edit: It was a few years later, but when AMD took over it slowly began having decent open source support, and even before the unofficial open source community drivers were not bad at all.
Actually, The Weather Channel used Linux for some project and demanded FLOSS drivers. ATI payed Tungsten Graphics to develop them.

I don't think the specs was released at the time, only available under NDA for specific developers.
bubexel Mar 9, 2021
Quoting: scaineLove these articles, Hamish. Keep 'em coming. I remember fondly my first experience of switching from software rendering to... some kind of Voodoo card, but I can't remember which one. It was life-changing. I mean that genuinely - it was the moment that crystallised the potential of PC gaming for me. First I played Deux Ex, then I played Quake. Every so often, I'd switch back to software rendering just to remind myself how muddy and uninteresting these virtual worlds were before hardware acceleration.

Back then, motherboards didn't have built-in sound either. Or network for that matter. Stacking the PCI slots in the right order to avoid contact and maximise airflow is a lost art. These days, you basically have a monster GPU... and that's it.

You forget the jumpers to configure the irq's to avoid conflicts between cards.
Hamish Mar 9, 2021
Quoting: scaineIt was life-changing. I mean that genuinely - it was the moment that crystallised the potential of PC gaming for me. First I played Deus Ex, then I played Quake.
I am actually a good way through playing Deus Ex again from the Windows 98 install. Performance varies quite a bit depending on the complexity of the level but that is likely as much due to running a Pentium III 500 Katmai as a Rage 128 Pro as Deus Ex is notoriously CPU intensive.

Nice little bit of Linux trivia: if you look at the patch notes from the Deus Ex GOTY release you can see that Loki Software is thanked for supplying the OpenGL renderer for the game. Apparently Loki was very close to releasing the Linux port before they went bankrupt.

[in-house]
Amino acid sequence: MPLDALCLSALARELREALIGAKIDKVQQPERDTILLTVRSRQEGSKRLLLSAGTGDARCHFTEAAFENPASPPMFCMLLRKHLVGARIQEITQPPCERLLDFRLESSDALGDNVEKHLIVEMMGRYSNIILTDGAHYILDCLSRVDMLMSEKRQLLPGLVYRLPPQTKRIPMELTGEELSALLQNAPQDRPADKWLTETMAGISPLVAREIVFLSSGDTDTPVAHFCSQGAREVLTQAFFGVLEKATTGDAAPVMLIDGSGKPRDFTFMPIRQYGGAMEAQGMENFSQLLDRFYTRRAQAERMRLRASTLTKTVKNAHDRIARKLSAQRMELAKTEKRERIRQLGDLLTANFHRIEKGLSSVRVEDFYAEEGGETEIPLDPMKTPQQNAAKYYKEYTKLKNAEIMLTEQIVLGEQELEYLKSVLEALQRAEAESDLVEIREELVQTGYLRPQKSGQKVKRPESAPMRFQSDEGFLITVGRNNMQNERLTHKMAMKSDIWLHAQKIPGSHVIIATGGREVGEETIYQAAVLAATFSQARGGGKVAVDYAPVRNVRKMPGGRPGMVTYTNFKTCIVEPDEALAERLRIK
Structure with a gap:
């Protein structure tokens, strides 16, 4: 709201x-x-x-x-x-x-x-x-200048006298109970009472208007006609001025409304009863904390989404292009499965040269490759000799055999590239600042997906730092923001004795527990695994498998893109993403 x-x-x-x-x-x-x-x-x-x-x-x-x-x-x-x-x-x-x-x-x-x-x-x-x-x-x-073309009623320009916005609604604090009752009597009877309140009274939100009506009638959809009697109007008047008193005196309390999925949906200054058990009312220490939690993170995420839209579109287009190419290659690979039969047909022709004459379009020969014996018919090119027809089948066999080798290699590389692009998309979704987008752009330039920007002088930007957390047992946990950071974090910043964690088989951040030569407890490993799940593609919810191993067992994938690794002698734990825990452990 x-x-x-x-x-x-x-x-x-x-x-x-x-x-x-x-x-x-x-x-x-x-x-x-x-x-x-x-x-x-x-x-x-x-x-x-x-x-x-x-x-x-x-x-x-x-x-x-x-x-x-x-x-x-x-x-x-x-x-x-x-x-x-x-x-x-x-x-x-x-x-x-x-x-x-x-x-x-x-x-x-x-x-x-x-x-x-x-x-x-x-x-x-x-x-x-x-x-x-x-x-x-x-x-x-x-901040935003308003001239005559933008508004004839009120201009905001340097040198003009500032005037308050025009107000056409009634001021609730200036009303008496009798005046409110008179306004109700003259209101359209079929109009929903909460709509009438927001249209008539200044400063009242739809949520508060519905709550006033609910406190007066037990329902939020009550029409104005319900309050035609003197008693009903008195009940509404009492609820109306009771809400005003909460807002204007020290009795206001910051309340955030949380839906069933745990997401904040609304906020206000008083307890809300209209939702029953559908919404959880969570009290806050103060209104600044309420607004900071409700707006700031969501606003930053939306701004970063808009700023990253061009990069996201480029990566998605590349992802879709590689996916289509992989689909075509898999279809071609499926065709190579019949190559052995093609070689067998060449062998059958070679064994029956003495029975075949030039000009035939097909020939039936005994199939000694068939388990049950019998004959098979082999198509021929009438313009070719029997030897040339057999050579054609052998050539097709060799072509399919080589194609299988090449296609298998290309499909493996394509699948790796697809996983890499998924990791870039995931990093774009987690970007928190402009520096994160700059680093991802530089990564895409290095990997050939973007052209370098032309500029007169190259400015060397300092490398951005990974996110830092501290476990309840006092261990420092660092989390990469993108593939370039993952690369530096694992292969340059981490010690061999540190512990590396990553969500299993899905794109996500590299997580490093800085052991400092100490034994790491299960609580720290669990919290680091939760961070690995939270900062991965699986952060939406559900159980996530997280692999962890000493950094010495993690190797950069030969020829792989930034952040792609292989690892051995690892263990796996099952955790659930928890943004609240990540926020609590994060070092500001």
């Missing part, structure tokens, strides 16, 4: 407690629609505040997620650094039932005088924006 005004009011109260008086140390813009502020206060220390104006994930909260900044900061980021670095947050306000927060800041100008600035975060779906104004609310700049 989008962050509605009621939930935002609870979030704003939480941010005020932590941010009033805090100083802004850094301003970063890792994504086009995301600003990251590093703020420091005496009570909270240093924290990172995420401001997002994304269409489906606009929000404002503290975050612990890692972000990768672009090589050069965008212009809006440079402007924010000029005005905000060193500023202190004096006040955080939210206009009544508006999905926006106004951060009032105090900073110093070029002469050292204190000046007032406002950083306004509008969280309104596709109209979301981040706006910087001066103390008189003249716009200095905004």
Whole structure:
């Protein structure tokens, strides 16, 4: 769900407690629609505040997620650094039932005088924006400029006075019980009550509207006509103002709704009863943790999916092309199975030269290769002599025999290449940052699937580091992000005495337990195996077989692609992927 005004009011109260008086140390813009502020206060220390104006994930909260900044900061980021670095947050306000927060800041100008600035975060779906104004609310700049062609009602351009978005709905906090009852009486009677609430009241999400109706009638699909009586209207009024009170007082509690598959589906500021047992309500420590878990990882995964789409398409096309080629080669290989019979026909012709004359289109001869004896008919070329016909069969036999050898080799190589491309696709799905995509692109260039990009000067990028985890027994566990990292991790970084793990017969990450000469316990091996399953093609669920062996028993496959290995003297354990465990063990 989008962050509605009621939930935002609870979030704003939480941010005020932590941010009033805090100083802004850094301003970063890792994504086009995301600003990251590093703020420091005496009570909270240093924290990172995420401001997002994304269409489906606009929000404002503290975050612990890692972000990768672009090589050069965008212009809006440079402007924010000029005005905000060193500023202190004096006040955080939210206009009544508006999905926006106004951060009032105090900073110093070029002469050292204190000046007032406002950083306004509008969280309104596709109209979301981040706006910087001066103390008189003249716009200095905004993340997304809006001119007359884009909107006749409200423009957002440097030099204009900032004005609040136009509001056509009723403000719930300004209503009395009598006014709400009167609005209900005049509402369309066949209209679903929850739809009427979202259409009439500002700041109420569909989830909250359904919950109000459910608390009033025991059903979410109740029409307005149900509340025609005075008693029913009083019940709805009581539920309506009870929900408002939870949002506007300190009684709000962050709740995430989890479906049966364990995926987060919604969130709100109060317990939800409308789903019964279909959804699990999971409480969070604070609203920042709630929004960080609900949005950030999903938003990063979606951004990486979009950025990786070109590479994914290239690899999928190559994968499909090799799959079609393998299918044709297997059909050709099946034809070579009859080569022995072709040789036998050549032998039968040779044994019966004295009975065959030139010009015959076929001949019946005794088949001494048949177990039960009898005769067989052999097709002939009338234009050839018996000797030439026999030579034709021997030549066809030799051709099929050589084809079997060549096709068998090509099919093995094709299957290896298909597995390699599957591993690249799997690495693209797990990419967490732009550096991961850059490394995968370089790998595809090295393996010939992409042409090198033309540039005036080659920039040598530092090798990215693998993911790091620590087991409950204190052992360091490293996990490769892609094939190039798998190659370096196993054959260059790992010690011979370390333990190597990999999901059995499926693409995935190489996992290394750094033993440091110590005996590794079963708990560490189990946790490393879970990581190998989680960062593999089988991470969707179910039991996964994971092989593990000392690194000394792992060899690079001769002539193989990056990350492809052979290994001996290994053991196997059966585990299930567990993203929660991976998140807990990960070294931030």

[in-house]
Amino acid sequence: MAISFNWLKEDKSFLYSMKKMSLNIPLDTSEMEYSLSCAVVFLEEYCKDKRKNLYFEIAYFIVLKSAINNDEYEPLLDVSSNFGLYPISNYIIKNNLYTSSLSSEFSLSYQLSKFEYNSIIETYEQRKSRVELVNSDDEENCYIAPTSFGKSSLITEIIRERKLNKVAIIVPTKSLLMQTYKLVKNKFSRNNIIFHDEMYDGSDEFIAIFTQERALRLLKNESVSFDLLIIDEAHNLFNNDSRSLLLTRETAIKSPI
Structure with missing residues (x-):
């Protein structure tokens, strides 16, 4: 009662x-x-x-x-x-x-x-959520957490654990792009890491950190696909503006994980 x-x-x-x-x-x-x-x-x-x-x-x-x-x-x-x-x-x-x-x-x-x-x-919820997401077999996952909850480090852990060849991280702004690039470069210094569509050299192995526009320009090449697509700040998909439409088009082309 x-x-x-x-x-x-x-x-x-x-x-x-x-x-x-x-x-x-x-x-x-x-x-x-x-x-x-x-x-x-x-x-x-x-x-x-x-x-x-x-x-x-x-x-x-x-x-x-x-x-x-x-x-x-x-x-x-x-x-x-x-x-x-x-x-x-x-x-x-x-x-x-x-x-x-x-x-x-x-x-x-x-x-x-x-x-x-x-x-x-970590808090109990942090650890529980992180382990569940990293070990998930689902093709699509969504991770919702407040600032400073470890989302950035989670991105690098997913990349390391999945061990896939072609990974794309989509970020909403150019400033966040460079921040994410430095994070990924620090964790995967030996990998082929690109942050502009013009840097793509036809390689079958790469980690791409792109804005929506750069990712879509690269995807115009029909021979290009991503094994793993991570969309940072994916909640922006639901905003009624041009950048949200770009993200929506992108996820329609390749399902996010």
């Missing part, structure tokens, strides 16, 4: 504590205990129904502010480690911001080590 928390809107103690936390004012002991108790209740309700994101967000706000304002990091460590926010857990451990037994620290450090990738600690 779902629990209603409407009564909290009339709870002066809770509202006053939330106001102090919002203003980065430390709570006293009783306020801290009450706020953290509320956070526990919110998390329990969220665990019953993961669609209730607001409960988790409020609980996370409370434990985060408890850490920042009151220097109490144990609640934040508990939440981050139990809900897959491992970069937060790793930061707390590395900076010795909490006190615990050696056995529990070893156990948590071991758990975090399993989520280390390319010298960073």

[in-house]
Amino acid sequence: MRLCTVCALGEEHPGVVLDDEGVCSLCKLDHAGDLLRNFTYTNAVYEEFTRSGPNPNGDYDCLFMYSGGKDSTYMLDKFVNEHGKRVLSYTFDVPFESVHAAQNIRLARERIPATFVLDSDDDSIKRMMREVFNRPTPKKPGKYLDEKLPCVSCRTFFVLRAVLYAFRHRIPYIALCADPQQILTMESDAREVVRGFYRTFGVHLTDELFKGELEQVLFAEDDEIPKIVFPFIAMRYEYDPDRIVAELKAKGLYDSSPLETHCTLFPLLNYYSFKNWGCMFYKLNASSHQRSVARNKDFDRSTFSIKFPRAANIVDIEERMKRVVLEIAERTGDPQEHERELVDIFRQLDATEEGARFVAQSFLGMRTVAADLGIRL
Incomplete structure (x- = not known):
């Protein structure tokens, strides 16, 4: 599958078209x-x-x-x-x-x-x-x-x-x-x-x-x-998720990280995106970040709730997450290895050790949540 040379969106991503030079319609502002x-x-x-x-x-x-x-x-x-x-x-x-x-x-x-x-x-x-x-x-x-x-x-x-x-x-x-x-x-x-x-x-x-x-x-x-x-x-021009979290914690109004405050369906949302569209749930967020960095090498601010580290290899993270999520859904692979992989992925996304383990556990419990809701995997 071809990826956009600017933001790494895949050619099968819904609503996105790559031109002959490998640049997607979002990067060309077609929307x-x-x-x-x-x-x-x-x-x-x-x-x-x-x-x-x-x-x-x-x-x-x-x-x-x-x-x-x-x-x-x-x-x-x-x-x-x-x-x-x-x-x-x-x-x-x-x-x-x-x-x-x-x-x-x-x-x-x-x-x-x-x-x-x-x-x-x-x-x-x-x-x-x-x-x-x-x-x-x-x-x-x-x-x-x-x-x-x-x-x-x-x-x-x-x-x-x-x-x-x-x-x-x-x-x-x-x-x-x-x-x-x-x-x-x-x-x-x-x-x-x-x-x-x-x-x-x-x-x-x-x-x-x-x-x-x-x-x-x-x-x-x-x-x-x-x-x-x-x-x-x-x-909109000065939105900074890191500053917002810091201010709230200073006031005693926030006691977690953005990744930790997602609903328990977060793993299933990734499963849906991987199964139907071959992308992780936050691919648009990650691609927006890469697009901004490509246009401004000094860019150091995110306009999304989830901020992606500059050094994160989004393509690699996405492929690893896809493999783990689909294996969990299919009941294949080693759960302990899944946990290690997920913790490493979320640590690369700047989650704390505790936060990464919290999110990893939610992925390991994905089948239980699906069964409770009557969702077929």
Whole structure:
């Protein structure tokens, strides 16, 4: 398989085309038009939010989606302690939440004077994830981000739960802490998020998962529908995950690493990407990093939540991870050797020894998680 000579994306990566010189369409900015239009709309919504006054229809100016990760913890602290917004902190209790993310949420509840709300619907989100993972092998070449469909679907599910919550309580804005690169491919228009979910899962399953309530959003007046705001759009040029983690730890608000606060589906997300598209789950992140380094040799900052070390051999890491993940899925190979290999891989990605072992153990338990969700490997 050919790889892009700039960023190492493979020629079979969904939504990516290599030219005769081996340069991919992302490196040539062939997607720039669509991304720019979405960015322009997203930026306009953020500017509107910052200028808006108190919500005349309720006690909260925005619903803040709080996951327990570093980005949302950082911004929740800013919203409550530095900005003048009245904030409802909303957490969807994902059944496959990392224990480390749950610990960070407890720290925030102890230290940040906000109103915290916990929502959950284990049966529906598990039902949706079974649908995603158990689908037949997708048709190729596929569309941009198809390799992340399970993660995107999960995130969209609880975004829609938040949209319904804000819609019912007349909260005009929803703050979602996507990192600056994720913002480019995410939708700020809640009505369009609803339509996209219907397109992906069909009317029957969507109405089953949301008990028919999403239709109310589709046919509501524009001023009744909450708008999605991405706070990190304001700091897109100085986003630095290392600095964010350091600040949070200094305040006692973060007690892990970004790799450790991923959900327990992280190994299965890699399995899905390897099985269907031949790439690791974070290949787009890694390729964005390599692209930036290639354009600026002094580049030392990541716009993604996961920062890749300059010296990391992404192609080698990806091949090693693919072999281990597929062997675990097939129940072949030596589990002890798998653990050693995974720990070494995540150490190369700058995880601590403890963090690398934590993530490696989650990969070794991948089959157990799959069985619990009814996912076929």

Quoting: The_AquabatBut I wonder what would this machine achieve with the latest bleeding edge AGP card ever released, a Radeon HD 4xxx I think
Likely nothing great I would imagine. You would be horribly bottlenecked by both the CPU and RAM and of course not all AGP is created equal. Even my Rage 128 Pro is being held back just a bit by being an AGP 4x card inserted into my motherboard's AGP 2x slot.

Quoting: x_wingBut those game works way better with a Voodoo card?
Well, it depends. But that is a subject for a future article, so I will come back to that later.

Quoting: x_wingI still think that there are better alternatives in the market that should give a way better Linux experience for that time period. For example, in my country I can find a Radeon 7000 for around 5 USD
Not a huge difference between my Rage 128 Pro and a Radeon 7000 although both can be made to work with later Red Hat Linux releases. If I were to go that route I would either want to max it out with a Radeon 7500 or just install a later Linux with support for my Radeon 9200.

Quoting: x_wingin fact, for the price of one Voodoo card I can actually buy 4 to 5 old PCI/AGP GPUs
That I can believe. Again, I am not rushing to get a Voodoo for this exact reason.

Quoting: whizseActually, The Weather Channel used Linux for some project and demanded FLOSS drivers. ATI payed Tungsten Graphics to develop them.
Now that is interesting to find out about. And yeah, Radeon R200 cards were the last to receive Mesa drivers from ATI before they were bought out by AMD.

That being said, things did improve after the AMD buyout as I remember in 2010 I could finally launch both Doom 3 and Penumbra on my Radeon 9200. By that point I had already started using Radeon HD cards though.

Last edited by Hamish on 10 March 2021 at 10:01 am UTC
Bogomips Mar 9, 2021
Hmmm, this article makes me think that I should look at what I have in stock, I mostly have all the original boxes of my GPUs. Today I found my Asus AX 800XT box (the card is in a customized Antec SX1240 case).

I think I can make a small fortune and free some space ;)

I know I have a Voodoo Banshee, an Ultra TNT 2, an SLI of ASUS 8800 GTX and their waterblocks, a Zalman reserator 2 and XT with brand new (in sealed boxes) chipset's waterblocks also from Zalman.

Some sound blaster cards (with external modules for audigy series).

At the time all my PC where using SCSI adapters from adaptec (U160, U320) with 10k rpm HDD and Yamaha ODD.

My computer journey is already from 30 years ago and I'm 41 ^^
Hamish Mar 11, 2021
Quoting: HamishNot a huge difference between my Rage 128 Pro and a Radeon 7000 although both can be made to work with later Red Hat Linux releases. If I were to go that route I would either want to max it out with a Radeon 7500 or just install a later Linux with support for my Radeon 9200.
Sorry to quote myself here, but I just realized there actually is a third option which is using the Radeon 9200 with Red Hat Linux 9 and fglrx 8.28.8 which supports XFree86 4.3 as seen here:

By the time I was using the card fglrx had already dropped support for the Radeon 9200 so it might make a fun article later on just to see what I missed by not using the binary blob.